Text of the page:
The three-day assembly in Bangkok sought to be a new strategic milestone in ESCAP’s career in socio-economic development.

Furthermore, the assembly also served as an opportunity to evaluate the implementation of the resolutions formulated 24 years ago during the International Conference on Population and Development in Cairo, Egypt, according to ESCAP Executive Secretary Armida Salsiah Alisjahbana, also an economics professor at the University of Padjajaran in Bandung, West Java.

Indonesian delegation chief and National Population and Family Planning Agency (BKKBN) principal secretary H. Nofrijal (second right) poses for photographs with the United Nations Economic and Social Commission for Asia and the Pacific (ESCAP) executive secretary Armida Salsiah Alisjahbana (left) and the Indonesian representative of the United Nations Population Fund (UNFPA) Melania Hidayat (third right) at the opening of the ESCAP assembly in Bangkok, Thailand. Indonesian delegation chief and National Population and Family Planning Agency (BKKBN) principal secretary H. Nofrijal (second right) poses for photographs with the United Nations Economic and Social Commission for Asia and the Pacific (ESCAP) executive secretary Armida Salsiah Alisjahbana (left) and the Indonesian representative of the United Nations Population Fund (UNFPA) Melania Hidayat (third right) at the opening of the ESCAP assembly in Bangkok, Thailand. (./.)

The conference, held in September 1994, was attended by representatives from 179 UN member countries, Indonesia included.

Armida added that in the 24 years after the Cairo conference, the Asia-Pacific countries had witnessed various new emerging problems: its aging population, the emergence of the productive age cohort and rapid population growth.

Armida, who from 2009 to 2014 served as Indonesia’s national development planning minister, added that although Indonesia had recently seen an increase of its middle class populace, but the region was still struggling with a high poverty rate.

The region’s biggest obstacle to achieving the 2030 SDGs, she asserted, was its high socio-economic inequality, which hampered the disadvantaged populace’s access to social services. She also pointed to gender inequality in terms of job opportunities: Among members of the productive age cohort whom ESCAP had surveyed across 33 Asia-Pacific countries, female workers had 21 percent less access to job opportunities than their male counterparts.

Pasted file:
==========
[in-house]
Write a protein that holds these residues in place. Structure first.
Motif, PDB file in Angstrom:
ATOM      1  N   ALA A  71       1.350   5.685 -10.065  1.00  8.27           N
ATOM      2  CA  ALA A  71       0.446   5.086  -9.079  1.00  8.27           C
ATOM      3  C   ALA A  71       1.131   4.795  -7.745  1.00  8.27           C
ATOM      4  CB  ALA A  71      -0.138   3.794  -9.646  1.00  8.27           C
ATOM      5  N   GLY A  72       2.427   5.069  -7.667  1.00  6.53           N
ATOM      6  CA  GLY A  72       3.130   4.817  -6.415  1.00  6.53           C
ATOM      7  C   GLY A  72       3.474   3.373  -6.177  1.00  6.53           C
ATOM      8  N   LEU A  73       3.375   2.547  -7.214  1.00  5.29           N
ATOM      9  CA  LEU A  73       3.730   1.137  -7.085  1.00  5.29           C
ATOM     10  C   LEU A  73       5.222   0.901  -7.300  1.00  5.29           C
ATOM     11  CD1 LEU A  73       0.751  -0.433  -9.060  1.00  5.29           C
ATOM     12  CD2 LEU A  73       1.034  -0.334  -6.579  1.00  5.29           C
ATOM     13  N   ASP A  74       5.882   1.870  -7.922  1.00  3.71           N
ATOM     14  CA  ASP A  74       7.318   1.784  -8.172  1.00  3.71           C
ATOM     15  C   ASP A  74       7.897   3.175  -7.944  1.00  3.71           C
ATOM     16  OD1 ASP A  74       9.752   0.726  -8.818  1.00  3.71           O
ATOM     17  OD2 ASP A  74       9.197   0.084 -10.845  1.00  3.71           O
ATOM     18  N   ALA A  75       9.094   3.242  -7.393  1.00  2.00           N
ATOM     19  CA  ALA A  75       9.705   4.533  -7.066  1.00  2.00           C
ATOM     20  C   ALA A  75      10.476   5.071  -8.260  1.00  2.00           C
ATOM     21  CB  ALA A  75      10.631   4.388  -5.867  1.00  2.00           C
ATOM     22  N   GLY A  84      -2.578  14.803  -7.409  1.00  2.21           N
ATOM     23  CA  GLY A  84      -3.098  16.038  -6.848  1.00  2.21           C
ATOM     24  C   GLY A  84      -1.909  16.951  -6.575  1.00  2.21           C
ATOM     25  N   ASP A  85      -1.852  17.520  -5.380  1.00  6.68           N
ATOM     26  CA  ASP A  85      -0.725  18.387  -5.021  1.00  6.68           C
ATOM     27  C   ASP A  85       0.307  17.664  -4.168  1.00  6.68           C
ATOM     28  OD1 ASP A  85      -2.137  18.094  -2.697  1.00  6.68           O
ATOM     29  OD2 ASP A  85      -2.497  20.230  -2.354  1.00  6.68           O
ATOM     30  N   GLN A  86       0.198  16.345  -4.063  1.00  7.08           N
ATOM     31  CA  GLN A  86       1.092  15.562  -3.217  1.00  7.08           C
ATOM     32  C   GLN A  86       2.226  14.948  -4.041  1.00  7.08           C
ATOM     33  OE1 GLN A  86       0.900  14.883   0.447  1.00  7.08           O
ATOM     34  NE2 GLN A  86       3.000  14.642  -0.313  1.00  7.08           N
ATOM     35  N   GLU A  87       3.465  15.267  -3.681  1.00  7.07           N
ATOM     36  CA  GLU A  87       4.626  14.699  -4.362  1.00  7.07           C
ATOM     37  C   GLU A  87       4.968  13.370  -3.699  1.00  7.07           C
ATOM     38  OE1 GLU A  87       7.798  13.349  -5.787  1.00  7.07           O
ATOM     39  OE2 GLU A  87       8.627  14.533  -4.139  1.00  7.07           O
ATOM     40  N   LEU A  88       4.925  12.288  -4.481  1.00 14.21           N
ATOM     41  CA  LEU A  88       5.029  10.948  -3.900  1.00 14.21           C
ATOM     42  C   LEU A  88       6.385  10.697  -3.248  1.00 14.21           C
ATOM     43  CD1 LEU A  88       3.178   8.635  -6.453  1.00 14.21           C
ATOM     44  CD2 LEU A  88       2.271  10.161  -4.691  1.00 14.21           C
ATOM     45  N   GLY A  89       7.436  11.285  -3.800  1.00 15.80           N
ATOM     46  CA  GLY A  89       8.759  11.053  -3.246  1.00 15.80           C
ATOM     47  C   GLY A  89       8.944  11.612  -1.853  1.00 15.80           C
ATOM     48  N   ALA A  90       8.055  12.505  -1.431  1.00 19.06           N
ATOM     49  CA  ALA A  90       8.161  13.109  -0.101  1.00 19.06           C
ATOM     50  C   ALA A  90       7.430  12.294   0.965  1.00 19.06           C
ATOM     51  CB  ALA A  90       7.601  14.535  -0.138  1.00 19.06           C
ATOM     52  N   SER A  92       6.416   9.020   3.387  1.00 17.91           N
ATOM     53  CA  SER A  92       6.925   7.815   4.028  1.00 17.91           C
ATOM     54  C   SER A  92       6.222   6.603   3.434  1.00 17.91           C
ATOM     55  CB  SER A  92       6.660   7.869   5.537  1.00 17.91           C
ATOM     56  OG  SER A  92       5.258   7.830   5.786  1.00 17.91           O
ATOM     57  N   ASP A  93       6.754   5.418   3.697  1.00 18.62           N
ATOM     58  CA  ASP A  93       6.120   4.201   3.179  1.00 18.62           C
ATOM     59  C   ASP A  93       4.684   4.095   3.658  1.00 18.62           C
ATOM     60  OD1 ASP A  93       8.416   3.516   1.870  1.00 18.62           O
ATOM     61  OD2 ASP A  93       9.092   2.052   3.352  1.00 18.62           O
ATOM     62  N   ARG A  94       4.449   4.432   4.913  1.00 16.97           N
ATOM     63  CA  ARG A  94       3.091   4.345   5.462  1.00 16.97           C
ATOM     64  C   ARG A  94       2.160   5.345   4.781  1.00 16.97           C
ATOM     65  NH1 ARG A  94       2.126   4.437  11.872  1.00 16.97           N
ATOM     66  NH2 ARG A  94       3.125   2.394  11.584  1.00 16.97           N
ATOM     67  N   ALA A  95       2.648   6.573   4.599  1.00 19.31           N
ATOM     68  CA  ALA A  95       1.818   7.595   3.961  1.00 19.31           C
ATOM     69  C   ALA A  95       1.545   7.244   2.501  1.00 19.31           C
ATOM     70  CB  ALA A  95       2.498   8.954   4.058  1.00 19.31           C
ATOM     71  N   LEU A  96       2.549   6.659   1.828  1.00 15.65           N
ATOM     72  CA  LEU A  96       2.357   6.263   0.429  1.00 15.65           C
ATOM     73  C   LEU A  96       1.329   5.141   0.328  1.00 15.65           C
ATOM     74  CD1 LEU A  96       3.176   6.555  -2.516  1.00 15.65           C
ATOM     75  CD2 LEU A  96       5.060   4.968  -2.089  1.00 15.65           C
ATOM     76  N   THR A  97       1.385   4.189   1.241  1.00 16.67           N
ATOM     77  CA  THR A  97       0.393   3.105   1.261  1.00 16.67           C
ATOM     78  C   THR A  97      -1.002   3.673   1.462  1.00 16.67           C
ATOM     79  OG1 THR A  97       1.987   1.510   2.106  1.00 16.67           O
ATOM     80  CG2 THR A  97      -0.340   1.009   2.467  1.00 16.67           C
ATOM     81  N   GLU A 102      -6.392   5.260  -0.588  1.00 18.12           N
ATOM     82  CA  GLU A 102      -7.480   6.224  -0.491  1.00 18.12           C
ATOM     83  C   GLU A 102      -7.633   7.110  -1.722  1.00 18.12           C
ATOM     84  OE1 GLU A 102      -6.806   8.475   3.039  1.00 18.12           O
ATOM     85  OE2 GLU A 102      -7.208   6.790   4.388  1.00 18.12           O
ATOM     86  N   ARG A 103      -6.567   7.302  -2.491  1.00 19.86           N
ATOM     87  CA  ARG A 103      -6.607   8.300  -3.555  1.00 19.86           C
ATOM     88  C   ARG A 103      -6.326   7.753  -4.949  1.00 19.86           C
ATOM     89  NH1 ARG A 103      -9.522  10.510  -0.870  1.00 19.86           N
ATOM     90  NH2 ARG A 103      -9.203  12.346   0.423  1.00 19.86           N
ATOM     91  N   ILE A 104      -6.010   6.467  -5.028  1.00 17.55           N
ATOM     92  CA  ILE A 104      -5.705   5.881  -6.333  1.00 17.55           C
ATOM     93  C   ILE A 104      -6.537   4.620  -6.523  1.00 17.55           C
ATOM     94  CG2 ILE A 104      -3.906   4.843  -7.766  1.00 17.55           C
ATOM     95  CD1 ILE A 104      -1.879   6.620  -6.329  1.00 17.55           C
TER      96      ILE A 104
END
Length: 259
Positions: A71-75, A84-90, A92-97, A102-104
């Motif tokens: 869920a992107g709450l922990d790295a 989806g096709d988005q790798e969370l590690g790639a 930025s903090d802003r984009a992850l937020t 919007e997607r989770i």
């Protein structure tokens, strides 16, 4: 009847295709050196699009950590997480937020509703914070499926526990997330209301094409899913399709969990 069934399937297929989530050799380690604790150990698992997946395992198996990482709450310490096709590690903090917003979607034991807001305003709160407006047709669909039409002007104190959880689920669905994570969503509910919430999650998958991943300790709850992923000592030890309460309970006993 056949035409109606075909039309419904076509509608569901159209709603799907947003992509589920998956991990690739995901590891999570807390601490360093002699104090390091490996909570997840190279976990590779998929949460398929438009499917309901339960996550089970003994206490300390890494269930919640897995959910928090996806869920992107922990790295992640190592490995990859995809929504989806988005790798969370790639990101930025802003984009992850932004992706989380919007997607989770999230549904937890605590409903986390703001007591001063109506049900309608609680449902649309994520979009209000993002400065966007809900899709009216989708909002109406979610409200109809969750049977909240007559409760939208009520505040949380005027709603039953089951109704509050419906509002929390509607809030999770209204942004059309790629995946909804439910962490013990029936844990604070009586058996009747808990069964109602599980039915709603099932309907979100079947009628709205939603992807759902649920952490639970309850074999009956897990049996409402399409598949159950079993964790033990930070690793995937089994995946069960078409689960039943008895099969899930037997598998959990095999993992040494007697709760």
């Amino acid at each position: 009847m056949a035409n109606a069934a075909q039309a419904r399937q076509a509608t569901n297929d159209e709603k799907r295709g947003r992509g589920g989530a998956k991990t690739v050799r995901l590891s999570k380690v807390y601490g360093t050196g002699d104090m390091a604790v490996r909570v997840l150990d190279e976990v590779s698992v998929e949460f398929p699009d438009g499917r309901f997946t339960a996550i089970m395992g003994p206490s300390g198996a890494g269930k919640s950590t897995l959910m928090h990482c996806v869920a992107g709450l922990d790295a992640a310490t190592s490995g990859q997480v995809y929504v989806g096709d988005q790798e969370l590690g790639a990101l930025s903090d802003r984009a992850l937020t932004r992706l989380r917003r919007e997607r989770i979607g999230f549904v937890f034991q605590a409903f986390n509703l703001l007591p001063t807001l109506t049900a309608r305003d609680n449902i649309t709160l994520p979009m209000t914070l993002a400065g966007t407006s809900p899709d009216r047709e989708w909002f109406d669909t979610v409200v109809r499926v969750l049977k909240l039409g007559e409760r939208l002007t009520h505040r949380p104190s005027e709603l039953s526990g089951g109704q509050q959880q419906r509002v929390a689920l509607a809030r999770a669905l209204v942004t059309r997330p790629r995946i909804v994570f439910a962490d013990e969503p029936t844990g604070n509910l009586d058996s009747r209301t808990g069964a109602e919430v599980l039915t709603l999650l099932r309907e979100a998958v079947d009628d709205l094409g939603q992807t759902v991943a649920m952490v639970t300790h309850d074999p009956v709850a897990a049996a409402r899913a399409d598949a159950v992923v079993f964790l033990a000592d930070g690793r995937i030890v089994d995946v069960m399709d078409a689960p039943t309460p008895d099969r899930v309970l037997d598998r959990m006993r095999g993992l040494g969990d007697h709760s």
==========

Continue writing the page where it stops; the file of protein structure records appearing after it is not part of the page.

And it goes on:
Besides Nofrijal and Armida being there, the three-day assembly was also attended by representatives from various Indonesian institutions that concern themselves with development and population issues, such as the prominent Indonesian Planned Parenthood Association and the Indonesian chapter of the UN Population Fund (UNFPA).

The assembly also featured speeches by high-level delegates such as UNFPA New York managing director Laura London and Thailand’s Foreign Affairs Minister Vijayat Isarabakti. Besides the issues of aging population and socio-economic inequality, the region also faces huge problems related to non-communicable diseases, such as obesity, diabetes and their corresponding cardiovascular diseases. About 76 to 83 percent of the diseases’ total prevalence rate, according to regional research findings, have been caused by unhealthy lifestyles associated with the region’s gradual transition into a more industrialized society.

The assembly’s delegates also addressed their own national issues. Iran, for example, recently faced some problems in the transition of its demographics from a productive age cohort into an aging population. In Cambodia, meanwhile, the country’s growing teenage population is facing a problem regarding proper reproductive health education.

The Indonesian delegates in particular claimed in their statement that 24 years after the 1994 Cairo ICPD, Indonesia had already achieved significant improvements in the areas of birth control, reproductive health, gender equality and population control. The country’s total fertility rate, for instance, has already declined over the years to 2.4 children per mother, thanks to a supposed increase in the use of contraceptives. Indonesia is striving to mainstream its family planning program to villages and remote areas to maximize its implementation across the nation.